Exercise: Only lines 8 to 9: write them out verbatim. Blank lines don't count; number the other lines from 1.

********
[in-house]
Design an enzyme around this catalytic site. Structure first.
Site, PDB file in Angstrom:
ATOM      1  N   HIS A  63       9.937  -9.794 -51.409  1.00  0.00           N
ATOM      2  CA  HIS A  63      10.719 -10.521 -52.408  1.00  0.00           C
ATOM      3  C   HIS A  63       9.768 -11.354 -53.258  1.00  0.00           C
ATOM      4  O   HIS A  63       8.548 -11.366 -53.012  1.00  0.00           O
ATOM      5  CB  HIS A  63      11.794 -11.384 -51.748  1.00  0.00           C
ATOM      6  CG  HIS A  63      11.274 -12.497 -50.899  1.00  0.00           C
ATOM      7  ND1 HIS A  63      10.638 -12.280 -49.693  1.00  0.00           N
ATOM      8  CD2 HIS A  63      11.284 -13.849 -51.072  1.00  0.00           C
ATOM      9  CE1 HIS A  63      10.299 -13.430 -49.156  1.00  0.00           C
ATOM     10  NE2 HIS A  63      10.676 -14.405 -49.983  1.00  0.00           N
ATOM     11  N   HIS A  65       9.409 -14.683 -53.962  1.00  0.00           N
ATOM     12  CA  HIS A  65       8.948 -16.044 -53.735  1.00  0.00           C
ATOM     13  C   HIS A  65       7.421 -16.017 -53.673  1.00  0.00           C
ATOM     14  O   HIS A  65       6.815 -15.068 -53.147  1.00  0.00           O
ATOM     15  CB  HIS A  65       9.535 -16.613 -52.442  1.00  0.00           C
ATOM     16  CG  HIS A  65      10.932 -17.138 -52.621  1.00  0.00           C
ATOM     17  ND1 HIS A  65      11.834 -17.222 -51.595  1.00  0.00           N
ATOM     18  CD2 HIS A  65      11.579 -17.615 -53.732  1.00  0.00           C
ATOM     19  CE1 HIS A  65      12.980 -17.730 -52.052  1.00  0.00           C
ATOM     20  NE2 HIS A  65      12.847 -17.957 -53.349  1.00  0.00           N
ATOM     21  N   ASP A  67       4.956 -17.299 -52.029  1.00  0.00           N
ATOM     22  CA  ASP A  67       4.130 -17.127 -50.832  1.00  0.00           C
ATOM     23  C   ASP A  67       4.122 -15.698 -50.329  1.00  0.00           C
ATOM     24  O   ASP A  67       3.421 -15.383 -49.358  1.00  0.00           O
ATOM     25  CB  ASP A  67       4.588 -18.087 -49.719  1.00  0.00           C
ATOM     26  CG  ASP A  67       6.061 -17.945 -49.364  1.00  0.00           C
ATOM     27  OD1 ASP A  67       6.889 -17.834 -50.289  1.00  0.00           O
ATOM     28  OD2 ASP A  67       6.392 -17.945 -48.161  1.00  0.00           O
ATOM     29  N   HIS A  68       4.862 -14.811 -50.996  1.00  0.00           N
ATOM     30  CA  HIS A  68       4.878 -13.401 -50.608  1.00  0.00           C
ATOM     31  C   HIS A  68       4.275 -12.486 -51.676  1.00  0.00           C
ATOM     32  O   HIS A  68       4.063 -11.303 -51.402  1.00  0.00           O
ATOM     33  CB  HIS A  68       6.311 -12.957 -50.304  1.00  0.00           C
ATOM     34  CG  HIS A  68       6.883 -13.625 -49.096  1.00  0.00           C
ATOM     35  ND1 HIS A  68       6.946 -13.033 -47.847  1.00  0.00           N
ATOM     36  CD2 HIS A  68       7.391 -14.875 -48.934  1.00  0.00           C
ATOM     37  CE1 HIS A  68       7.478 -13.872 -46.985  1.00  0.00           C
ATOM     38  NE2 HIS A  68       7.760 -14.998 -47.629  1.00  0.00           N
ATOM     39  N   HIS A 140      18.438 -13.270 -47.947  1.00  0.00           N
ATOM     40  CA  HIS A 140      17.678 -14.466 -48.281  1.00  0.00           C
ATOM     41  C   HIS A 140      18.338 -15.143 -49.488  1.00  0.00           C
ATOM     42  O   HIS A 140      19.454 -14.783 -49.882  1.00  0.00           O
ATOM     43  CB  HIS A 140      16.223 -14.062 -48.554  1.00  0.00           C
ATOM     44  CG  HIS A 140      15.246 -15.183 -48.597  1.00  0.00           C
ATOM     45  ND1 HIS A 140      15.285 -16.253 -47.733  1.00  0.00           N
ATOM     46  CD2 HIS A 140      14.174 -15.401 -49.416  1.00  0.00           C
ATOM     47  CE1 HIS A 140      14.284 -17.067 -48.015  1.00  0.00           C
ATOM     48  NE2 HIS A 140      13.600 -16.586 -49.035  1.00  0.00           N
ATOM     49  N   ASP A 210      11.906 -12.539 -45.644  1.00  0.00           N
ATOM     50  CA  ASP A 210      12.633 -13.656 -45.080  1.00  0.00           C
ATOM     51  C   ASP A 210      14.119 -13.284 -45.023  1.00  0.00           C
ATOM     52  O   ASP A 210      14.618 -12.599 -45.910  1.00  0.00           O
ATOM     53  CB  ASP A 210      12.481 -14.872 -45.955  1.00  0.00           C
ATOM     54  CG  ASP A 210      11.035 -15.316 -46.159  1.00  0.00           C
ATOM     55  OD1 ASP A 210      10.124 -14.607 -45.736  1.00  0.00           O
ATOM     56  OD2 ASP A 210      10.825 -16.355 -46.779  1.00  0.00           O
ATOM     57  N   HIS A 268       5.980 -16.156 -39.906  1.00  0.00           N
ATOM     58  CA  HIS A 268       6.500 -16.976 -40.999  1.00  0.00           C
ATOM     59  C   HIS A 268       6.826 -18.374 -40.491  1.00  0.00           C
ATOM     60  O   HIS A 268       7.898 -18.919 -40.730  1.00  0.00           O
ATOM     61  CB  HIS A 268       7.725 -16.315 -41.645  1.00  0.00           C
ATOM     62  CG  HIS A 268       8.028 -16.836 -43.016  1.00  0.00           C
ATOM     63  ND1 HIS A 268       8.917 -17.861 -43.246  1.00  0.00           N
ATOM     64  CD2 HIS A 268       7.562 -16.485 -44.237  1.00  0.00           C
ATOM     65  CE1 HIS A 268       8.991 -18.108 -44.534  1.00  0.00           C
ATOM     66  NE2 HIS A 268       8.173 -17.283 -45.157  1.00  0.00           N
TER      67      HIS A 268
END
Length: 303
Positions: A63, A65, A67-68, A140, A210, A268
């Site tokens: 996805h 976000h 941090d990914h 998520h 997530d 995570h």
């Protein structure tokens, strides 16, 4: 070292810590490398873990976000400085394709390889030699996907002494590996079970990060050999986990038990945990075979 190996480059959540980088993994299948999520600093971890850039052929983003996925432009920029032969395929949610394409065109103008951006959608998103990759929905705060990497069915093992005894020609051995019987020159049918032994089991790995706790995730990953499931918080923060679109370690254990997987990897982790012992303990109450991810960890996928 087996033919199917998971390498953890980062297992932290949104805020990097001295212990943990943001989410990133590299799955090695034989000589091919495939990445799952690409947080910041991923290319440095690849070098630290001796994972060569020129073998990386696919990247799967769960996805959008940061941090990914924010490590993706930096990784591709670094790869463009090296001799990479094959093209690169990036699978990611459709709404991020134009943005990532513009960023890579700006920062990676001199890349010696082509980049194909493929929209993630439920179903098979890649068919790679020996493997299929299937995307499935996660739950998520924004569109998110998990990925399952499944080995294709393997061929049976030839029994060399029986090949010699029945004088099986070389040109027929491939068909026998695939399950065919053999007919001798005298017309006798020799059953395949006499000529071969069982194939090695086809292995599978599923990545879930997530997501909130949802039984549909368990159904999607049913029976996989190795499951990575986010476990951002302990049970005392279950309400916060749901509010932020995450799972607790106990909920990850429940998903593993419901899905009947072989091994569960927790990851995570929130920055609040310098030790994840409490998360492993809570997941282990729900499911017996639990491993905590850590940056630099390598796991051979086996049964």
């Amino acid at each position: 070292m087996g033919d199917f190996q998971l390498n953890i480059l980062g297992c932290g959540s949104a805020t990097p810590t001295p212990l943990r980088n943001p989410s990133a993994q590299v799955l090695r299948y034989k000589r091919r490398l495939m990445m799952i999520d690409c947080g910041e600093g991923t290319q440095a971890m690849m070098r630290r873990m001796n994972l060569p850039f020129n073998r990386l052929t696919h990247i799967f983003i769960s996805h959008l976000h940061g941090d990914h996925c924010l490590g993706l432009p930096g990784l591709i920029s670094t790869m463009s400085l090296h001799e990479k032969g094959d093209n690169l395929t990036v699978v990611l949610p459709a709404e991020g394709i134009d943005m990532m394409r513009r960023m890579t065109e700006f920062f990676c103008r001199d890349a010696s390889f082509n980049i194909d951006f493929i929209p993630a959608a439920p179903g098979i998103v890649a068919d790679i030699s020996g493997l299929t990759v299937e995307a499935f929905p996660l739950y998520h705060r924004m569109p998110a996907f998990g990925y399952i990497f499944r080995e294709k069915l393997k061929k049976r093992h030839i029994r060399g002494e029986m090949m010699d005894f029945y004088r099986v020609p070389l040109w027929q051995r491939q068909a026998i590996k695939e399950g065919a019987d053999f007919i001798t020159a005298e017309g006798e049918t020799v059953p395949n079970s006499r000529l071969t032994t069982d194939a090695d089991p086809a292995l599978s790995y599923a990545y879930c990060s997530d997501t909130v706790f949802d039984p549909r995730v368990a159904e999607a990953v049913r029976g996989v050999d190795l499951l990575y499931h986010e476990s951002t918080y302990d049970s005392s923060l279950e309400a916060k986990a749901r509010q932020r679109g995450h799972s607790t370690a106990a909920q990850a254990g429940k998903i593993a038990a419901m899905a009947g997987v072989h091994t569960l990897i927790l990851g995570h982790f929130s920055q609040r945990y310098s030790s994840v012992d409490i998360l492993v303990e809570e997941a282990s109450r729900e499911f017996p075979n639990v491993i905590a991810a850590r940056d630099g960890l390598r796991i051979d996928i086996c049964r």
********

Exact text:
ATOM      5  CB  HIS A  63      11.794 -11.384 -51.748  1.00  0.00           C
ATOM      6  CG  HIS A  63      11.274 -12.497 -50.899  1.00  0.00           C